TextmanuscriptTextmanuscripts - Les Enluminures

les Enluminures

Miscellany of Poetry, including verses by NICAISE LADAM ("SONGEUR DE BETHUNE"); JEAN MOLINET and many anonymous or unidentified authors

In French and some Latin and Flemish, manuscript on paper
France, Picardie or Artois (Arras), c. 1530-1540

TM 617

5 independent quires (collation: i3 [of a quire of 4, missing ii]; ii28, iii22, iv3 [of 6, missing iii-vi], v4 [of 8, unstitched, detached from a bigger quire]), with independent foliation, on paper, a variety of watermarks (quire I, Briquet, “Pot à anse”: close to no. 12672, Chalons-sur-Marne, 1537; quire II, Briquet, “Lettres et monogrammes”: close to no. 9834, Lille, 1527-1529; Abbaye de Bonne-Espérance, 1526; quire III, “Pot à une anse”: close to no. 12831, Paris, 1528, Chalons-sur- Marne; 1536, Arras, 1529-1561; quire IV, same paper stock as quire III; quire V, same paper stock as quire II), written in a French cursive script, by at least hands (hand A, quire I; quire II, pp. 27-49; most of quire III; quire IV; hand B, quire II, pp. 1-27; hand C, quire V (perhaps simply a version of hand A)), texts copied in brown ink, on up to 30 lines, a few headings underlined in red. Gatherings unbound, perhaps once sewn together in a miscellany. Dimensions of each gathering provided below.

This compilation of verse and some prose, now unbound, represents a wonderful discovery and unpublished source for pre-1550 French poetry. Probably once part of a larger miscellany and with French-Flanders linguistic features, the ballads, epistles, songs, and political and historical pieces reveal an ideological slant that is resolutely pro-Burgundian. The miscellany fits in the Northern “Grands rhétoriqueurs” literary movement, including such authors as Jean Molinet, Nicaise Ladam, and others.


1. Copied in the second quarter of the 16th century, as per style of script and watermarks, which all point to Northern France (French Flanders and Artois) as a place of origin for these unbound quires. It is plausible that the quires were once bound together, with other leaves, to compose a miscellany of multi-author verse and prose. There are a few dates mentioned in the different quires, the later ones being “1530” (quire 2, p. 32); “1532” (quire 3, p. 16v).

There are many examples of Northern French linguistic features, with clear French Flanders forms such as “franchoys” (quire 2, p. 3); “fachillement” (quire 2, p. 56); “medechin” (quire 3, f. 4); “chiel” (quire 4, f. 1v) etc.

2. European Continental Collection.


The present quires are copied by at least three different hands, if not more. Nonetheless, they seem to have once been part of a same miscellany or anthology of verse and a little prose, now dismembered. There are a large number of ballads and songs, mottoes and sayings, historical and political pieces. The ballads are quite interesting and clearly merit attention, editing and hopefully better identification in relation to other anthologies of sixteenth-century ballads.

It is the historical and political pieces that clearly reveal a pro-Burgundian position with titles such as Le In manis de Therouane; La complainte de la ville d’Arras; Dictiers nouveaux de la victoire de Charles empereur...; L’adieu de ceulx de Tournay au partement des franchois etc. There are a few pieces that can be identified, by authors tied to the Burgundian court and culture, however all redacted in French. Noteworthy is the unknown piece by Nicaise Ladam, an author who has received renewed scholarly interest of late, but is still understudied (an Arras native, he was a herald and close to the inner circle of the Emperor Charles V). Another author represented is Jean Molinet, poet and chronicler of the Burgundian court, librarian of Margaret of Austria. Generally speaking, the present poetical works are to be associated with the literary group known as the “Grands rhétoriqueurs” active in the last quarter of the fifteenth and first half of the sixteenth century, tied to Northern France, Flanders, and the Duchy of Burgundy.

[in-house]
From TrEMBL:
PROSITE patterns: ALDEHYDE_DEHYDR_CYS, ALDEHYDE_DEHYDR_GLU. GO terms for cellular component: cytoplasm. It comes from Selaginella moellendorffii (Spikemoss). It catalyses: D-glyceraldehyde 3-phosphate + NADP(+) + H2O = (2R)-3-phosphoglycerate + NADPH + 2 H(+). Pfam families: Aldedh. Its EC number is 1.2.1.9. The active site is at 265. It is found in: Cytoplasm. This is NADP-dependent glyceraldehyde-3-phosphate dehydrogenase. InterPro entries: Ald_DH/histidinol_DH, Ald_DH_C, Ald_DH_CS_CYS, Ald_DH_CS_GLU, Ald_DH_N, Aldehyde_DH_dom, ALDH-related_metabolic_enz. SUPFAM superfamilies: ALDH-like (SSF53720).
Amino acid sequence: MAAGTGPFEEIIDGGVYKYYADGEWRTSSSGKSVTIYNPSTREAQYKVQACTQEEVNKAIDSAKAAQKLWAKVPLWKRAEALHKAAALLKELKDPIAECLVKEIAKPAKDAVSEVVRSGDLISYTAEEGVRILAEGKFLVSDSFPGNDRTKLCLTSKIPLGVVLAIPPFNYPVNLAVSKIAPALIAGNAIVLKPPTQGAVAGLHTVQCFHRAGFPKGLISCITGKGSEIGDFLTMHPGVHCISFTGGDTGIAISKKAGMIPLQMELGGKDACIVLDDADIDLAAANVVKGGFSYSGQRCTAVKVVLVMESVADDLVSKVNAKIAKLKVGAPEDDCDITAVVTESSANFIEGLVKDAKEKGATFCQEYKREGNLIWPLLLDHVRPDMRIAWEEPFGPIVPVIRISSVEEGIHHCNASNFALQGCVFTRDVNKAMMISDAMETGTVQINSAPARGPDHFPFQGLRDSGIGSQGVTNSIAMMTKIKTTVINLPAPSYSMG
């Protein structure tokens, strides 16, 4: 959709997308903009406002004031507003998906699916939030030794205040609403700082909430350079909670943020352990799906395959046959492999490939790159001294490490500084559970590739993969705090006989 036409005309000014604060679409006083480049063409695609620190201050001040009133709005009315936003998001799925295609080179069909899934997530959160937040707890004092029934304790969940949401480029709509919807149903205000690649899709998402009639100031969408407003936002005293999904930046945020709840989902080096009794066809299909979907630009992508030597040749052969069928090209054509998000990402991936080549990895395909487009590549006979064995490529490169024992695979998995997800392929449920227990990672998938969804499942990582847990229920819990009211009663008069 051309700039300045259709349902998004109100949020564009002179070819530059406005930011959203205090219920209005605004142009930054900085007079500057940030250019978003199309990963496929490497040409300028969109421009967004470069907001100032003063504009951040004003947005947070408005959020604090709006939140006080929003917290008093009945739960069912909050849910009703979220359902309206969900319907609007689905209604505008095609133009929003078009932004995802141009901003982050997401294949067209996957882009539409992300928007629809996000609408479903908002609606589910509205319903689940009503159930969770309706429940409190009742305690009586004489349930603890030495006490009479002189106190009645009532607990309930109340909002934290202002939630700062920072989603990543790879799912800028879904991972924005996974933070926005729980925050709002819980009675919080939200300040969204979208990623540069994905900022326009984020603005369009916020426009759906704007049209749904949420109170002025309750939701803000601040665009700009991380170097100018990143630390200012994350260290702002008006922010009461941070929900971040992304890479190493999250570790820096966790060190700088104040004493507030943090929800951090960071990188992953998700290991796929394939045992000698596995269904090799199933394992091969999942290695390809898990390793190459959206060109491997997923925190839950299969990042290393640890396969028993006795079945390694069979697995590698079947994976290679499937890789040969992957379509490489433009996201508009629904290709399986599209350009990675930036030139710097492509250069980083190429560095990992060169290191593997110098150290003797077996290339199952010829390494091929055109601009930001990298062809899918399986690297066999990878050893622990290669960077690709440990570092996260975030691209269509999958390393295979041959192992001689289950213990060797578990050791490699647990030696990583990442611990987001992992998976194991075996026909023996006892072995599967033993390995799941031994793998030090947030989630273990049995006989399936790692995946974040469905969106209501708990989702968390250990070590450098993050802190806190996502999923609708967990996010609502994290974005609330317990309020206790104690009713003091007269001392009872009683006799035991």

The regions discussed in the political and historical verses in this miscellany are provinces constantly torn, traded off, invaded by either the French or the Burgundians and Holy Roman Emperor. Cities like Arras, Tournai, and Thérouanne were alternatively under French rule or Burgundian Rule. Arras for instance went from being French in 1482 (previously Charles the Bold, duke of Burgundy owned Picardy, Artois, Franche-Comté and Burgundy) to being resolutely Burgundian in 1529 after Charles V captured Francis I at Pavia, and France relinquished its ancient claim on Flanders in 1528. Charles V annexed Tournai, Artois, Utrecht, Groningen and Guelders. By the treaty of Cambrai called the “Paix des Dames” [Peace of the Ladies] because it was negotiated by Louise of Savoy, mother of Francis, who had acted as regent during his absences, and Margaret of Austria, aunt of Charles and regent of the Netherlands, Francis, King of France, renounced his claims in Italy and his rights as overlord in Flanders and Artois. In exchange, Charles agreed not to advance his claims to Burgundy at that time but instead accepted money as ransom for the two French princes he held.

The majority of these pieces, composed after the early 1530s, reflect the shifting political identity of the border towns of Arras, Tournai and Thérouanne. One would have to analyze also the ideological slant or political sympathies expressed in the ballads.

I. Quire 1: Six ballads, 3 ff., unbound leaves (no stitching), on paper. Dimensions: 215 x 145mm.

f. 1, Balade, incipit, “Gentilz bergiers juez de voz musettes...”;

ff. 1v-2, Balade, incipit, “Trompes, tambours et [tinpane] argentine...”;